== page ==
Stiff Arteries May Stifle Aging Mind

Study: Stiffer Arteries May Predict Decline in Mental Skills With Age

Medically Reviewed by Louise Chang, MD on November 20, 2007

Nov. 20, 2007 -- How flexible are your arteries? It might make a difference in how sharp your mind stays with age.

A new study links stiffer arteries to lower memory and concentration test scores as adults age.

To make your arteries more flexible, go for a healthy lifestyle, suggest the researchers. They included Shari Waldstein, PhD, of the University of Maryland in Baltimore County.

Waldstein's team studied more than 1,700 Baltimore adults.

When the study started, participants were 57 years old, on average. They didn't have dementia and hadn't had a stroke.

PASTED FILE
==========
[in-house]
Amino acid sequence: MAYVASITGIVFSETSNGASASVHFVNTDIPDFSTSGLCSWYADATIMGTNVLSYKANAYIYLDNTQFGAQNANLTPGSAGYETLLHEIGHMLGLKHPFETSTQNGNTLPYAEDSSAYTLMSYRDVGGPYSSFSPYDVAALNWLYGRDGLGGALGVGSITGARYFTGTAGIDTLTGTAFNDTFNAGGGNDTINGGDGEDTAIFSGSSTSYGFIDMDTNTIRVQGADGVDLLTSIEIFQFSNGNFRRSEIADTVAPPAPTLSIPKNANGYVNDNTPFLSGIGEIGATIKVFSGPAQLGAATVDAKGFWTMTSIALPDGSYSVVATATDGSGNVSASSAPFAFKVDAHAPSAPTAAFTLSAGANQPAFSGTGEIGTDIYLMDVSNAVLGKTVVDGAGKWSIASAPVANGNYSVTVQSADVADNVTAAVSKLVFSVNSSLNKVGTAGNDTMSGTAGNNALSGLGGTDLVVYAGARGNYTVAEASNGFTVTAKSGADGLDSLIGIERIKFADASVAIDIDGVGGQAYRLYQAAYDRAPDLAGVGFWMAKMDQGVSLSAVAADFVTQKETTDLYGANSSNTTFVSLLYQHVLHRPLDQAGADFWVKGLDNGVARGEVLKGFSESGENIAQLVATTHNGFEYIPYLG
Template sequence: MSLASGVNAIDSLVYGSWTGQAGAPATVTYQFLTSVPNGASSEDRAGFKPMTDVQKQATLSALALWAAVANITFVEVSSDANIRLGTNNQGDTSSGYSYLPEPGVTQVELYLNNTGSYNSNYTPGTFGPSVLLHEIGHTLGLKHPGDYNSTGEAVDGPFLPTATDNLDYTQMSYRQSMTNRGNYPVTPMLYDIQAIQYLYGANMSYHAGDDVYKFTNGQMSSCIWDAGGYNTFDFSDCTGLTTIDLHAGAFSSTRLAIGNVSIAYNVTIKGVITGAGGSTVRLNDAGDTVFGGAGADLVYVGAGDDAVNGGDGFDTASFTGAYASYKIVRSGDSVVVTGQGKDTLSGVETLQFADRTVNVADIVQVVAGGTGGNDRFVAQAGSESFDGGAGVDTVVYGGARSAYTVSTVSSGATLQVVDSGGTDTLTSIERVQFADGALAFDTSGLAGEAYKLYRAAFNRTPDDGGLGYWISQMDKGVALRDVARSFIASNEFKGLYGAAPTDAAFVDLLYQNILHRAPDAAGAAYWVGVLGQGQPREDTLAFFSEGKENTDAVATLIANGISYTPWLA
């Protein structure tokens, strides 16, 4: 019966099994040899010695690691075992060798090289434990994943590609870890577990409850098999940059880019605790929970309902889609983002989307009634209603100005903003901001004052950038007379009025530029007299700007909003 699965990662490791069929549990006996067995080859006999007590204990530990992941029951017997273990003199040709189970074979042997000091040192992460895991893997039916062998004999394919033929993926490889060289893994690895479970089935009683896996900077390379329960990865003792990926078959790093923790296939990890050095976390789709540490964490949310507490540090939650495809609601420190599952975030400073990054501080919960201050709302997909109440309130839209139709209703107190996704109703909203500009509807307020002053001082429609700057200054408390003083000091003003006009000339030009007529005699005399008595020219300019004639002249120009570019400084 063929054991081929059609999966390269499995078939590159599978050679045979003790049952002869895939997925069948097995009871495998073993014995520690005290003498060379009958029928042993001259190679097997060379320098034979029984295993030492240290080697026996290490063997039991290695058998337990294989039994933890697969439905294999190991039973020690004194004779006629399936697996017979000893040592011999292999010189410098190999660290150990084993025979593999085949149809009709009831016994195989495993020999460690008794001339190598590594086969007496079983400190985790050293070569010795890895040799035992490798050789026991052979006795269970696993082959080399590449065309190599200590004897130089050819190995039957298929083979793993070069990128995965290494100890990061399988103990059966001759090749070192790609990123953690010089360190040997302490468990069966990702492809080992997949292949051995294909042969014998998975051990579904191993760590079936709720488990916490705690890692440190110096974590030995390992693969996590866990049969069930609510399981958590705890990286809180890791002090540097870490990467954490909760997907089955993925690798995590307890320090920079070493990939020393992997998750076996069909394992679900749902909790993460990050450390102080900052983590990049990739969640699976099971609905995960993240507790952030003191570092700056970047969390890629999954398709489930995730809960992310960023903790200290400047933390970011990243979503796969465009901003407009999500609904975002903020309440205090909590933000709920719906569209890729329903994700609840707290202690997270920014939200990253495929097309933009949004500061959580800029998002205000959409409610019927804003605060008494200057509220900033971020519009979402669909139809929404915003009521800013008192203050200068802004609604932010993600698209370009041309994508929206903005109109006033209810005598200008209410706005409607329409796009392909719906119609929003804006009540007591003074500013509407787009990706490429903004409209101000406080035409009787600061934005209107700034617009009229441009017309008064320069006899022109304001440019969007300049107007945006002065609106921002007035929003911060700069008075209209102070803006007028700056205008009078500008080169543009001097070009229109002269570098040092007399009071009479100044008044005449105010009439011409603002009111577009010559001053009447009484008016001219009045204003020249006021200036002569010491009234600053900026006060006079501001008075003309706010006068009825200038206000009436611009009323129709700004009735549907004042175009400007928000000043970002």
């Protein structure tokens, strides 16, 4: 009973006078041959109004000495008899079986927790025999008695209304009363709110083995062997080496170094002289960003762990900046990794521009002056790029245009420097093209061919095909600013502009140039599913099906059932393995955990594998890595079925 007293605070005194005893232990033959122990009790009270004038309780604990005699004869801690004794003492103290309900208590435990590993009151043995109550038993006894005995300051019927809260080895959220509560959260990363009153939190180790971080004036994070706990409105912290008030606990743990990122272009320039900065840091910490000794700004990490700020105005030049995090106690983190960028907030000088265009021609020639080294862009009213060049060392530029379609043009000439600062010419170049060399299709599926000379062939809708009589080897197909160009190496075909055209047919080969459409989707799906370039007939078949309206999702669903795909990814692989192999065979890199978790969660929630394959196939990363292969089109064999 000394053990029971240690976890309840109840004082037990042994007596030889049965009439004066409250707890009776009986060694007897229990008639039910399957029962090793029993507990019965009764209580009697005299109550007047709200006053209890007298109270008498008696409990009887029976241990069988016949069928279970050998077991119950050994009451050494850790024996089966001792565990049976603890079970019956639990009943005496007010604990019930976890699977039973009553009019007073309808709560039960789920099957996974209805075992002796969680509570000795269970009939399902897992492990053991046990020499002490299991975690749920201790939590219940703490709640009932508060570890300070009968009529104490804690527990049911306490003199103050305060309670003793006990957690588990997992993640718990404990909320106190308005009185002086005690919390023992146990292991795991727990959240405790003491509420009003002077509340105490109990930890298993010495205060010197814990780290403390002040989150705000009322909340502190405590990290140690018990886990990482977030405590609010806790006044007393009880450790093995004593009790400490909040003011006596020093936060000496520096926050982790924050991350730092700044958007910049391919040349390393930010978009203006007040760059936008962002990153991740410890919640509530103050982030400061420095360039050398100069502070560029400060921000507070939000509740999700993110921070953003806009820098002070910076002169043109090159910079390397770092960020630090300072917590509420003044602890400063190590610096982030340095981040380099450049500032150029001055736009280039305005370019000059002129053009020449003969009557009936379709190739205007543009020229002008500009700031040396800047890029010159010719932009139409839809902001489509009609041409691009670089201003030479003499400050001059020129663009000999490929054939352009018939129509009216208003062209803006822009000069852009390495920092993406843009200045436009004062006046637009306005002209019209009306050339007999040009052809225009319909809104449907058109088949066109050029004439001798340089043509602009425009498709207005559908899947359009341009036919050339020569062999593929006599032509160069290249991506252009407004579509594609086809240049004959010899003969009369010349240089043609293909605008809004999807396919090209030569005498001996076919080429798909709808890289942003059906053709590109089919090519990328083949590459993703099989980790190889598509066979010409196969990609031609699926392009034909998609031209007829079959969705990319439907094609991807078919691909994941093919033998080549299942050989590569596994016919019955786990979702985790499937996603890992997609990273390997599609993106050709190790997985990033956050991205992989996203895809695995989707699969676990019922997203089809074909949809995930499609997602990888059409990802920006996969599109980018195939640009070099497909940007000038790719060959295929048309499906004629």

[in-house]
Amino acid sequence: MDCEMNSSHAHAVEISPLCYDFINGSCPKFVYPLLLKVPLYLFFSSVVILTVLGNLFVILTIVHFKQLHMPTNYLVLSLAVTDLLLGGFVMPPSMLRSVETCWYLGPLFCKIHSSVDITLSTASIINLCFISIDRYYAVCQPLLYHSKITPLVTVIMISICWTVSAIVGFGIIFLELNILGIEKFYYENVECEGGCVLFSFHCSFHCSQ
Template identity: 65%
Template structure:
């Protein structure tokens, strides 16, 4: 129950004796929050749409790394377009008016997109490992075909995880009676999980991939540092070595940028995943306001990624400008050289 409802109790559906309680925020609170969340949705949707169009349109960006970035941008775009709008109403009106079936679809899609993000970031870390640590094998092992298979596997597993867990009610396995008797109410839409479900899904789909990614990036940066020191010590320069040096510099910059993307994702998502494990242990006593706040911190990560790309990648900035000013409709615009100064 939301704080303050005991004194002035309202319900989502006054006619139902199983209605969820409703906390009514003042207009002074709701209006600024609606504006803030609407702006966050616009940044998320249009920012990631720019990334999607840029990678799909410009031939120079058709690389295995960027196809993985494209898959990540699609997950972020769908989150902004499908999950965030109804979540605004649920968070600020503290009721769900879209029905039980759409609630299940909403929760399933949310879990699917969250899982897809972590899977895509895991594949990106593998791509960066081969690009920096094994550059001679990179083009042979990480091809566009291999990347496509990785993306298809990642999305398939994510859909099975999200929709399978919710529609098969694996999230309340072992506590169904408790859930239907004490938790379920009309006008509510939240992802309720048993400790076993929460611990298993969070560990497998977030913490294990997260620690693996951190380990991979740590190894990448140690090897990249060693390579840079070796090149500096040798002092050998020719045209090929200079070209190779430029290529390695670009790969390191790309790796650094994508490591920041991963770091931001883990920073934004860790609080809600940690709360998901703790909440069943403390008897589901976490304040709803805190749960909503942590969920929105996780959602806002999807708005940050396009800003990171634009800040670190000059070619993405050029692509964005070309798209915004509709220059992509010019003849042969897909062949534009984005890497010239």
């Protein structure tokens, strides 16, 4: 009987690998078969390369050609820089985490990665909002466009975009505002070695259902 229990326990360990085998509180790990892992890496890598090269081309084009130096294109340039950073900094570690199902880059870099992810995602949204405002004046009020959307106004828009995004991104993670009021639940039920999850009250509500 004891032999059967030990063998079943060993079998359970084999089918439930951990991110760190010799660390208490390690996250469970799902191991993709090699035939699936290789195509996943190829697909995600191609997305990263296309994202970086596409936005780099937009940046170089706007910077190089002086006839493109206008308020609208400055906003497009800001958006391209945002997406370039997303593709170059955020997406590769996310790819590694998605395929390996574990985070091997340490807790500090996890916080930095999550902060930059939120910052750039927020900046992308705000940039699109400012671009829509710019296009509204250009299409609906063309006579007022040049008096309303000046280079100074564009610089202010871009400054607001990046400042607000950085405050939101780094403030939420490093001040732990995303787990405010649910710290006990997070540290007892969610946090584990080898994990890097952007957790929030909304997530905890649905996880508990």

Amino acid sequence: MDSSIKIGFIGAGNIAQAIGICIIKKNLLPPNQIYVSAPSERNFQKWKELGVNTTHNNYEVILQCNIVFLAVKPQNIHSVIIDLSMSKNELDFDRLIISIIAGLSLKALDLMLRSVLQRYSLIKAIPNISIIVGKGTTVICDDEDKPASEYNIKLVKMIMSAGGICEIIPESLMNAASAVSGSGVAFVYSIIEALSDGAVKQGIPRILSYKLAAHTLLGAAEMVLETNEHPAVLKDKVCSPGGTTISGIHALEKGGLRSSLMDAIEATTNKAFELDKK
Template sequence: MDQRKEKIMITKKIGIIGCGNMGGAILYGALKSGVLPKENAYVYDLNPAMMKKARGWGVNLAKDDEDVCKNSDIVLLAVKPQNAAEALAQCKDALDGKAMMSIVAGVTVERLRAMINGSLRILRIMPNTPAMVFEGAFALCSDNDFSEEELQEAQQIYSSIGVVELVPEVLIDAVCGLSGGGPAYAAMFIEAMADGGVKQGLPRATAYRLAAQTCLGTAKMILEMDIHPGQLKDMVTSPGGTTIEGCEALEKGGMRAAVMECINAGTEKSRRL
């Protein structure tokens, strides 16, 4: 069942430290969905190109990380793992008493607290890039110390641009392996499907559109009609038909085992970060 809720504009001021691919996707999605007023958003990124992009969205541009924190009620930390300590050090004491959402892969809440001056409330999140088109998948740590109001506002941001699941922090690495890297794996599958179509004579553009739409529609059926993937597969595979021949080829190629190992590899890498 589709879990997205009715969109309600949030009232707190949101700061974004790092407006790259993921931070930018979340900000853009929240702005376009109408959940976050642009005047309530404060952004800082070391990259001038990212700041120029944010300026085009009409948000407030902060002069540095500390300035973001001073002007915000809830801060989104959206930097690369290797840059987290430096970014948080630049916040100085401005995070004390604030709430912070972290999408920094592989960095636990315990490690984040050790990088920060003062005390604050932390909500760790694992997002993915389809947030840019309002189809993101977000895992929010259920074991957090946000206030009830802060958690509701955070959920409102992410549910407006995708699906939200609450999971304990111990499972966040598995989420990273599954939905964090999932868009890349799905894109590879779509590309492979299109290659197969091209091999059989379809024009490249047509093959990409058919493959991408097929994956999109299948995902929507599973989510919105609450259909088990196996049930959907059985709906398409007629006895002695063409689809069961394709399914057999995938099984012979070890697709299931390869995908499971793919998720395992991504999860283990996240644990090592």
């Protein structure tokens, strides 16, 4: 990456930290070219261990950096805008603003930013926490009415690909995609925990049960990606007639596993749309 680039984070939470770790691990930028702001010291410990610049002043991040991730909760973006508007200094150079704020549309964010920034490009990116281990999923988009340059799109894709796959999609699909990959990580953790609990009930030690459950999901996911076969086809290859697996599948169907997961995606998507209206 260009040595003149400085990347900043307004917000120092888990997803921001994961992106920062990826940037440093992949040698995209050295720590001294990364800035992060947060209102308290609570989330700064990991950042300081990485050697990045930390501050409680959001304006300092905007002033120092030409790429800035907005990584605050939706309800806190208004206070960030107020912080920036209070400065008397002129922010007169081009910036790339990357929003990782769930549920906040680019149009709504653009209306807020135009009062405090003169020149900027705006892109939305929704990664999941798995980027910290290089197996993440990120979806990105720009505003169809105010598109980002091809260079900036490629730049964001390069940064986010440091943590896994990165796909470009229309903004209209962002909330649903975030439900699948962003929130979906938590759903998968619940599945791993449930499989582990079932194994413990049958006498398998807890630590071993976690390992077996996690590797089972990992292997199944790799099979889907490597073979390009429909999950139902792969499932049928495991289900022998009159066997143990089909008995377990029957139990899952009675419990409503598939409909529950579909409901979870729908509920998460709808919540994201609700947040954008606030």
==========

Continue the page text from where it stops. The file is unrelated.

Participants got their arterial stiffness checked and took mental skills tests. They repeated the mental skills tests at least once over the next 14 years.

Those with stiffer arteries at the study's start showed greater cognitive decline -- specifically, a bigger drop in memory and concentration test scores -- than people with more flexible arteries.

Those findings held when the researchers considered other factors including participants' age, sex, years of education, and heart problems.

But Waldstein and colleagues can't rule out the possibility that unmeasured factors may have affected the results.

Still, they see no reason not to go for a healthy lifestyle, including exercise (with your doctor's approval), to improve arterial flexibility. Flexible arteries are also better for blood pressure.

The findings appear in the advance online edition of Hypertension.

Show Sources

SOURCES: Waldstein, S. Hypertension, Nov. 19, 2007; advance online edition. News release, American Heart Association.

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